In the initial test, the sulfate level and P2O5 levels in the liquid phase of the slurry are fixed. The fineness of the rock is also fixed by the requirements developed for each particular laboratory technique. It is sometimes necessary to examine the effect of different sulfate levels and different P2O5 levels.


As the test progress, samples of calcium sulfate crystals can be taken from the reaction vessel for microscopic examination and photography (see pictures below). Their specific surface area can also be determined. By monitoring any changes in the crystal structure, a confirmation is obtained that equilibrium has been reached.


Toward the end of the test, samples from the reaction vessel are filtered in a standard procedure that involves washing. This gives an indication of the filterability and the washing characteristics of the calcium sulfate.


At the end of the test, the product acid and calcium sulfate are analyzed for the major components and the more important minor components. The results of the acid analysis allow a preliminary assessment of its corrosive properties also.


The crystallization test should leave sufficient acid of representative quality, which can be used to perform other tests if necessary (test for example to produce ammonium phosphate)


Here is some examples of calcium sulfate crystals pictures, the shape and form will depend on whether it is HH or DH, but also on the rock phosphate source :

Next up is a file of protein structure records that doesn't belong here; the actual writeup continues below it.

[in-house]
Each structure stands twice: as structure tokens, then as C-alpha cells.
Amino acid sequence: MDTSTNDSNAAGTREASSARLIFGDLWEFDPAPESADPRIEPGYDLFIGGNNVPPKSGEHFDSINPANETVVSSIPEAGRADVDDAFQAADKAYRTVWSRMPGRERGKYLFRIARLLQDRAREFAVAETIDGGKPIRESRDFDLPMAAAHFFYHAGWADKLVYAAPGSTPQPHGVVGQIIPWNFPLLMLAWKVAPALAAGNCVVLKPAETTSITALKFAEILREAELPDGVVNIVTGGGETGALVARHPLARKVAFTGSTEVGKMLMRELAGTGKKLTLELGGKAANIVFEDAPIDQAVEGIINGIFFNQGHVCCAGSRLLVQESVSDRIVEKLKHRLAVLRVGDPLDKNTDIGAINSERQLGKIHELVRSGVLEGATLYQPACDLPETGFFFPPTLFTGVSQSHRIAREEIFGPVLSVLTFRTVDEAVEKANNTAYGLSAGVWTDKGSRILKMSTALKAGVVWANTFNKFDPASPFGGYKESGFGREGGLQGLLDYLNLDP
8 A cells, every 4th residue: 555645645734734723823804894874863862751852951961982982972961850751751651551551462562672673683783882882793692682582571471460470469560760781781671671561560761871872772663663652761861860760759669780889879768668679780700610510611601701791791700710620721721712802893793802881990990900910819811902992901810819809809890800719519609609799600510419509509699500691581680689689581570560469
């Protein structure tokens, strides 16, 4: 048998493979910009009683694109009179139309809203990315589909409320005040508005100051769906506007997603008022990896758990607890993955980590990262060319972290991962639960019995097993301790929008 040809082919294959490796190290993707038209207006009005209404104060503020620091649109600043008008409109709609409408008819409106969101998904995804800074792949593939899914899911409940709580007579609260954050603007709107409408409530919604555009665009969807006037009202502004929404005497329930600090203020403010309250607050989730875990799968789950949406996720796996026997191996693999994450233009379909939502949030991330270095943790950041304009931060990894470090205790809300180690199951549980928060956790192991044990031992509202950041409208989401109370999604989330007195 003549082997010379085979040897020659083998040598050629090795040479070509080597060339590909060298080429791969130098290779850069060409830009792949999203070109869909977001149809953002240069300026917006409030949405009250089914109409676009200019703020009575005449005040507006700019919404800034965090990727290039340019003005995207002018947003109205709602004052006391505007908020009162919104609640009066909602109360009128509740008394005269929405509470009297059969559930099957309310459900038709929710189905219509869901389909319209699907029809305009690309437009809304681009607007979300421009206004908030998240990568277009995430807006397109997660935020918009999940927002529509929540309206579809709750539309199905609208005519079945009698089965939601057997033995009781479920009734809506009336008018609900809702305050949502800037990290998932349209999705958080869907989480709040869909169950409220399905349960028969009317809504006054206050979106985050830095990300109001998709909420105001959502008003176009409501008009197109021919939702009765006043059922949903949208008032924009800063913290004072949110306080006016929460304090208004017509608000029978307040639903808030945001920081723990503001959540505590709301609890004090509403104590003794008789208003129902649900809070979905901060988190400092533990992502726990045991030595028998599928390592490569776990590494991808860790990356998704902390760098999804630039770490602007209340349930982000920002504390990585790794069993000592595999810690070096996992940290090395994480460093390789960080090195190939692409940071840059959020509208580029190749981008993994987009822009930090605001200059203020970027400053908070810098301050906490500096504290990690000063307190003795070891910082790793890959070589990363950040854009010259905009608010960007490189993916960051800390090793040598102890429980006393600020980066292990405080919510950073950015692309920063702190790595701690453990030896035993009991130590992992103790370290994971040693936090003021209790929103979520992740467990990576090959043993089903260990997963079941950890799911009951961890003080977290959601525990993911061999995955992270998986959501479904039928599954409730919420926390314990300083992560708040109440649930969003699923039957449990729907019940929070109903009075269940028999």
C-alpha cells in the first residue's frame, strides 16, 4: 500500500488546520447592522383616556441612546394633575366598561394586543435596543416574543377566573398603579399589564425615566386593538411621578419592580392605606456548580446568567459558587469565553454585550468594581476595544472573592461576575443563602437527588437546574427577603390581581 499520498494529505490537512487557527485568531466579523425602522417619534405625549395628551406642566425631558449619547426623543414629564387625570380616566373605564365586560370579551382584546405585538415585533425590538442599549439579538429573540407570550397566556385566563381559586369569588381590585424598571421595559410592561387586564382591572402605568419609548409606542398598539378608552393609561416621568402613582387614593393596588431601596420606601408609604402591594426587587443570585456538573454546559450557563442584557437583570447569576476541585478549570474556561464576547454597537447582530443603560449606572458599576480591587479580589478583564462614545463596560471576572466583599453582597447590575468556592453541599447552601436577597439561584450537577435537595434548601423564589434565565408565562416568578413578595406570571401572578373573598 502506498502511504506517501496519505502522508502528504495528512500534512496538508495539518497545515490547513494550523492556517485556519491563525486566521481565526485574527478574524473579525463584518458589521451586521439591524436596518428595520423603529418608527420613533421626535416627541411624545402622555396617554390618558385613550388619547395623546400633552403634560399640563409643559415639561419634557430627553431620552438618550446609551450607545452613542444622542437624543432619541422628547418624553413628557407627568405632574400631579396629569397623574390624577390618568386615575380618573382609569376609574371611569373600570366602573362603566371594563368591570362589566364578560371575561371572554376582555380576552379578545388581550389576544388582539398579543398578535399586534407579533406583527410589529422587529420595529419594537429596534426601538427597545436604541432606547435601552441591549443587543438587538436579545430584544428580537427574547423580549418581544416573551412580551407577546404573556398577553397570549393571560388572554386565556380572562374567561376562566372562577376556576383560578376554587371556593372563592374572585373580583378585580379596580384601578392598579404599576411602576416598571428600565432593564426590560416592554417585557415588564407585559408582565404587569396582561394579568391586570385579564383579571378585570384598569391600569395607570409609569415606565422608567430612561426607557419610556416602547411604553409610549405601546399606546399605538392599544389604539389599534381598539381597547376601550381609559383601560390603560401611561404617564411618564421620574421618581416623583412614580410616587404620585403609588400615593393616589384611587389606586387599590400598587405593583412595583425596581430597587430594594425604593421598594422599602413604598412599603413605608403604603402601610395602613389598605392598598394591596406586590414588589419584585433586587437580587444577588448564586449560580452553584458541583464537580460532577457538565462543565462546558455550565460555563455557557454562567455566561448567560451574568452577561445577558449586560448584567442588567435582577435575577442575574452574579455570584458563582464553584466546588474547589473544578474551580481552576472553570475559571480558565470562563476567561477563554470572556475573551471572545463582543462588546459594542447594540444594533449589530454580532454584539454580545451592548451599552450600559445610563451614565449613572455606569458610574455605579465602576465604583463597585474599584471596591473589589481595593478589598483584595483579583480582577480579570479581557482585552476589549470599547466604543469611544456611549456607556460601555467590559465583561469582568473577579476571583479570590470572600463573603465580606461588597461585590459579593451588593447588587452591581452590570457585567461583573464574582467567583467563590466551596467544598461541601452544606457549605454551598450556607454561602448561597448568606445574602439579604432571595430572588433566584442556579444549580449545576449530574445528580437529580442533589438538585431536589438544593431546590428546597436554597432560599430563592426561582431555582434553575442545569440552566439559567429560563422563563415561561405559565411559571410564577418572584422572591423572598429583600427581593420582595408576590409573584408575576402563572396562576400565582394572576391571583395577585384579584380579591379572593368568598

SEM Photo of Calcium Sulfate Crystals ( x 150 )

SEM Photo of Calcium Sulfate Crystals ( x 750 )

SEM Photo of Calcium Sulfate Crystals ( x 150 )

SEM Photo of Calcium Sulfate Crystals ( x 750 )

3. Corrosion Tests

Corrosion tests may be carried out on product acid. Materials of construction in common use in phosphoric acid production are tested and corrosion rates are compared with those found in full scale plants with other rocks.


4. Acid Concentration

Depending on the concentration of the product phosphoric acid and the required concentration of the phosphoric acid fed to downstream production, acid concentration may be required.

This acid is concentrated by vacuum evaporation. The concentrated acid is analyzed for the major components and the more important impurities. The fluorine balance is also examined.


5. Acid physical properties

The density, viscosity and vapor pressure of the product acid can be measured.


6. Post Precipitation Tests

If appropriate, the post precipitation characteristics are assessed for both the weak and strong acids. The post precipitated material is examined for quantity and composition.


7. Single Superphosphate (SSP) Tests

Samples of SSP are prepared in the laboratory from the phosphate rock and sulfuric acid. The effects of different acid to rock ratios are determined by a series of tests in which other parameters such acid temperature and rock size are maintained constant. The solidification time is noted in each of these tests and the physical conditions of SSP is examined after a given period. The rate of maturing is monitored by analysis to determine free acidity, water soluble P2O5 and total P2O5 at specific time intervals.